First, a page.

In a musty old hall in Detroit they prayed In the Maritime Sailors’ Cathedral The church bell chimed, ’til it rang 29 times For each man on the Edmund Fitzgerald.
The legend lives on from the Chippewa on down Of the big lake they call Gitche Gumee Superior, they say, never gives up her dead When the gales of November come early.
Gordon Lightfoot, The Wreck of the Edmund Fitzgerald
Today is the 42nd anniversary of the wreck of the Edmund Fitzgerald which sent 29 mariners to a watery grave and was immortalized by Gordon Lightfoot in what was probably the most famous song about a workplace disaster. WXYZ in Detroit notes that “Of the more than 1000 ships in the graves under the icy waters of the Great Lakes, the Edmund Fitzgerald is still the largest to ever go down.”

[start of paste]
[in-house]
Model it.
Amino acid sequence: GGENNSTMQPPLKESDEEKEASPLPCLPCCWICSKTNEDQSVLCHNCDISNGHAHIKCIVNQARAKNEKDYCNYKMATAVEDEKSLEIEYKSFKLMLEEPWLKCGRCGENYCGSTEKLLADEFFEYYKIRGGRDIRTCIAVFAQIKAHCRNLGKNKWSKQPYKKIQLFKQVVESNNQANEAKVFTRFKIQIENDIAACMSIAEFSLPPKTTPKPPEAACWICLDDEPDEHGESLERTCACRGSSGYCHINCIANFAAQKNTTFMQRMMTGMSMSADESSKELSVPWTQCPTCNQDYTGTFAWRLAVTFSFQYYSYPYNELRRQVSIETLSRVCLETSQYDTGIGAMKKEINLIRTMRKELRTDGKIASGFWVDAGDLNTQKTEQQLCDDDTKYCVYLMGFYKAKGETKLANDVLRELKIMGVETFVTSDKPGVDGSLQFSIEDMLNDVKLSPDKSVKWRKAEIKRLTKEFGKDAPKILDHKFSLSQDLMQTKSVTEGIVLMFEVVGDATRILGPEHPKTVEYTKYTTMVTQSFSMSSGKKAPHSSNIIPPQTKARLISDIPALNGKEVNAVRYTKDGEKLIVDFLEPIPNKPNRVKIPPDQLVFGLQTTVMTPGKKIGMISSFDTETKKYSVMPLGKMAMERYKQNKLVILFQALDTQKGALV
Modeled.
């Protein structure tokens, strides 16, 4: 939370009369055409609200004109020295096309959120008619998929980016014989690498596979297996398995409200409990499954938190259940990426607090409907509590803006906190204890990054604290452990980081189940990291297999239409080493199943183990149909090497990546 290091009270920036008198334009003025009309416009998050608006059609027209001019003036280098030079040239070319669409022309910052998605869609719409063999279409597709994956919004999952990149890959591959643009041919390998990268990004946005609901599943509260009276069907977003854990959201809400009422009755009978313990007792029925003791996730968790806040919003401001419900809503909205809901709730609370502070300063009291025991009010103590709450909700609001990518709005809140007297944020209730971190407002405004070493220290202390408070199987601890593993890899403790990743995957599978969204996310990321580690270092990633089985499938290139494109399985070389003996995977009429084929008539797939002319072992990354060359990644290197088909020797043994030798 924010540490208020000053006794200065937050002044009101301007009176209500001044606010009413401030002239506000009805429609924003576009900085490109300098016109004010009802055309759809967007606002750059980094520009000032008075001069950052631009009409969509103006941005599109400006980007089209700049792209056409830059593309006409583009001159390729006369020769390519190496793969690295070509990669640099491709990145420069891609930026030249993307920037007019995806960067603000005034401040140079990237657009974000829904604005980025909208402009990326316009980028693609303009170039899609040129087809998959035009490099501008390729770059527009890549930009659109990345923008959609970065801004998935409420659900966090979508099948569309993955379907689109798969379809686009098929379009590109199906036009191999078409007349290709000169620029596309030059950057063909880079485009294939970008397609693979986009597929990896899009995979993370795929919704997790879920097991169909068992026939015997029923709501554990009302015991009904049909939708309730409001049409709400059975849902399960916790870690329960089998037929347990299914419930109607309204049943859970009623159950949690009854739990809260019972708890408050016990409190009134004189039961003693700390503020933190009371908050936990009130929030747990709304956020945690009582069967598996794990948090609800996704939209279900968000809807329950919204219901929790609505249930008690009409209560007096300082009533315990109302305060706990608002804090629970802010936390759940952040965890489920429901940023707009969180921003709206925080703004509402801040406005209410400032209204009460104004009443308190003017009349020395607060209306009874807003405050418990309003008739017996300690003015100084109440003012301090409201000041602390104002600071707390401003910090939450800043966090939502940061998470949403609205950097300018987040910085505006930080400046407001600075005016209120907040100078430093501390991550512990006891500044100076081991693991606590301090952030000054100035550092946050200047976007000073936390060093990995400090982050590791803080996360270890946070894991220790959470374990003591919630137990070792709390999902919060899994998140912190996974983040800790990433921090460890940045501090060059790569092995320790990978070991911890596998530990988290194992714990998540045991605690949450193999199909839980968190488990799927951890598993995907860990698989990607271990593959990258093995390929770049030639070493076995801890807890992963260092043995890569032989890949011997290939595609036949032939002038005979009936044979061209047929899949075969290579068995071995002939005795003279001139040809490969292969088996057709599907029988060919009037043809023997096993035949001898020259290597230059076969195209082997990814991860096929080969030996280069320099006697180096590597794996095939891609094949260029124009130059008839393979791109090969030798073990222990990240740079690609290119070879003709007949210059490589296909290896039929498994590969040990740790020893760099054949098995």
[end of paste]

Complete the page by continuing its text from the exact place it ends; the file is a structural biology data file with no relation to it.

The 729-foot freighter was caught in storm carrying hurricane-strength winds on Nov. 10, 1975, and sank as it carried a load of iron ore across Lake Superior. (H/T to Thurman Wenzl for the reminder.)
No one has ever figured out exactly what caused the ship to sink. The most reliable theory came from a Coast Guard report:
There has been speculation that the Edmund Fitzgerald broke in half on the surface as the bow and stern rode the crests of two large waves. However, the Coast Guard’s final report suggests the Fitzgerald instead nosedived into a large wave and was not able to recover and plunged to the bottom of Lake Superior in only seconds.
As the cargo of 26,116 tons of taconite pellets quickly shifted forward while the Fitzgerald was going down, the bow of the ship hit the bottom with such extreme force that the vessel snapped in two.
Lots of photos can be found here. For more reading, NPR did a story on the 30th anniversary here. Thurman Wenzl, who reminded me of the anniversary, links to some visuals with Gordon Lighfoot here.